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    Product Info
    Name: VP6
    Company: Abit
    Price: Click To Find Lowest
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    SLCentralHardwareReviewsMotherboards Mar 22nd, 2018 - 5:30 PM EST
    Abit VP6
    Author: Tom Solinap
    Date Posted: October 16th, 2001
    Rating: 8.5/10 SystemLogistics


    Two years ago Abit brought dual processing to the computer enthusiast crowd with their BP6 motherboard. Affordable and unique, it was the first dual processor motherboard to sport overclocking capabilities as well as be targeted towards the low-end server market. Abit has always been known for having features that target the overclocking enthusiast, while other mainboard manufacturers only consider overclocking an afterthought if at all. It didn't take people long to figure out you can pop 2 cheap Celeron 366 CPUs into the BP6 and overclock them both to 550. It was that year that overclocking really took off and became popular with many people. Intel's Celeron processor really facilitated it by being cheap, overclockable, and by performing as well as the PII. Overclocking freaks from all over were using the BP6 to go dual and satisfy the overclocking cravings at the same time. The BP6 had an almost cult following. I remember when I bought mine. It was my first SMP system, and I even wrote an article about it here on SystemLogic.

    Fast forward 2 years to today. Dual processing has been increasingly growing in popularity ever since the BP6. However, the crowd that embraced the BP6 was soon longing for another motherboard to take them to the next level, dual Pentium IIIs. The eventual SMP lock on the new Celerons made those unsuitable for dual goodness. Many BP6 users were trying to find a way to put those new socket PIIIs on their motherobards. More and more dual motherboards were being released but none really had the intrigue or overclocking features that the BP6 had. MSI released the 694D, which sported dual processors and overclocking capability, but it was plagued with problems so people longed for a better solution. About a year after the BP6 was released, Abit was poised to release it's successor the VP6 using VIA's 694X chipset. Many dual processor enthusiasts and BP6 owners were very excited to see whether Abit could make history yet again and finally satisfy their cravings for dual PIII goodness. After numerous delays, the VP6 was finally released early this year. The long wait was over and Abit made sure it was well worth it, but was it too little too late? Other mainboard manufacturers already had affordable dual motherboards with similar features out months before the VP6. While the VP6 release didn't make as much of a splash as the BP6, the VP6 is still a great accomplishment. Reviews started pouring of how stable this motherboard is and how easy it is to tweak.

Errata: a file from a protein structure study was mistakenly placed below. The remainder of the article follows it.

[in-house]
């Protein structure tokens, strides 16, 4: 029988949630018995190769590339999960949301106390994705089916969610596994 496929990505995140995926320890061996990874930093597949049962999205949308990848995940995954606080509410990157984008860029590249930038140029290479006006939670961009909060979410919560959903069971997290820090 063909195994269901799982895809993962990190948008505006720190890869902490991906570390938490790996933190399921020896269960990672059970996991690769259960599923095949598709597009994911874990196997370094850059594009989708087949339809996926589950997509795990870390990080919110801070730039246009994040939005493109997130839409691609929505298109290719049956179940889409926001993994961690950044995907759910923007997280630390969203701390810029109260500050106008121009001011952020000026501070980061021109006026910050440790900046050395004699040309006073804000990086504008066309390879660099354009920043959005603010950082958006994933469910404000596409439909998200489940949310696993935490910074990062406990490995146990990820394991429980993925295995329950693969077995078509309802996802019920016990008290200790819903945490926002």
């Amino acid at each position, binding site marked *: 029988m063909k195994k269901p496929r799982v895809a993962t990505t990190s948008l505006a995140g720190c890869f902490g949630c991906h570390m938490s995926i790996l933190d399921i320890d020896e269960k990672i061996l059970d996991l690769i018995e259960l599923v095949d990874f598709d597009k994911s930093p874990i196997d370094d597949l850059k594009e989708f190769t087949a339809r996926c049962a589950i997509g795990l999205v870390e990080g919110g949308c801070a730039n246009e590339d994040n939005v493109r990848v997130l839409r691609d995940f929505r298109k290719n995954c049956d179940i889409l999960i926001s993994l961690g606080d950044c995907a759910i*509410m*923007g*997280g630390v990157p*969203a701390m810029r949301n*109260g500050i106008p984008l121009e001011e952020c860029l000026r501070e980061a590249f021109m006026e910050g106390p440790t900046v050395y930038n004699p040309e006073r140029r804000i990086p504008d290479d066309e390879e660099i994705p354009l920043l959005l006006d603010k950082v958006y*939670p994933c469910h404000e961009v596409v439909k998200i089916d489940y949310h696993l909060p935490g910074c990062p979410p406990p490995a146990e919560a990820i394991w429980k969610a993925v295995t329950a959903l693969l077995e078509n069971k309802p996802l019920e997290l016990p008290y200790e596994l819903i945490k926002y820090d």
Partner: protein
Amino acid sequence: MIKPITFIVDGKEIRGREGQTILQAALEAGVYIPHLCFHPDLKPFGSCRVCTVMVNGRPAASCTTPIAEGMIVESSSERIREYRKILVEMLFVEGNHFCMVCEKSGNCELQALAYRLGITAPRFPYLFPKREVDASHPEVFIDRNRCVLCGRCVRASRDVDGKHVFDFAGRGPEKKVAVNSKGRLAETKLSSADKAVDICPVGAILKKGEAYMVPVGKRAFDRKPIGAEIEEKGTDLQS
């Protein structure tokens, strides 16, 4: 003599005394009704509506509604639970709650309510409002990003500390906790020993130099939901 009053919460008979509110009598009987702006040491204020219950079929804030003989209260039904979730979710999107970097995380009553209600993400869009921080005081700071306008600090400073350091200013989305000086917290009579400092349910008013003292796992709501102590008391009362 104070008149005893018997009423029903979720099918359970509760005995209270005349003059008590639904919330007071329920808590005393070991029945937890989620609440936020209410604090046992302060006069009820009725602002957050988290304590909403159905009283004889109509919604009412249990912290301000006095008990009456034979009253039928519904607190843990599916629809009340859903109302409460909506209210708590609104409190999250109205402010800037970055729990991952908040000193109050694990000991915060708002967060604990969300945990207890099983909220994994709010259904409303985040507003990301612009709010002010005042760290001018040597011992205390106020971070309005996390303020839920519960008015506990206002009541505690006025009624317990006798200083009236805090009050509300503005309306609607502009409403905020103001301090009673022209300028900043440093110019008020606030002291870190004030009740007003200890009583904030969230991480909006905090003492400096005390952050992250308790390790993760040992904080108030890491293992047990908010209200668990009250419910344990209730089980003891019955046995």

I had long since planned to build a dual Pentium III system, and the VP6 looks to be a solid motherboard, at least from some of the other reviews out there. With the announcement of the Athlon MP, I had considered going that route, but when the motherboards started popping up along with the prices. I decided that dual PIII was the one that fit my budget. The VP6's feature set was impressive enough and it's price is in line with my budget. By the time I was ready to upgrade to a VP6, there were numerous dual motherboards available. The DDR based DVD266-R from Iwill caught my eye, but it would mean I would have to buy new memory. It was more expensive than the VP6, so I opted on the less expensive route. It's clear that SDRAM is not the future and that DDR will probably take its place. The fact that the VP6 still uses SDRAM is probably why it hasn't gotten as much attention as Abit would have hoped. So let's see how well the VP6 lives up to the hype.

    Specifications And Features

    Abit VP6 - Dual FCPGA Socket Based Mainboard
    Supported Processors
    • Supports PentiumIII Coppermine FC-PGA 370 processor (Based on 100/133MHz clock) in single or dual configurations
    • Reserves support for future Intel Pentium III processors
    • VIA chipset (VT82C694X and VT82C686B)
    • Supports Ultra DMA/33, Ultra DMA/66 and Ultra DMA/100 IDE protocol
    • Supports Advanced Configuration and Power Management Interface (ACPI)
    • Accelerated Graphics Port connector supports AGP 1X/2X/4X mode (Sideband) 3.3V device
    Board Size
    • 305 x 245 mm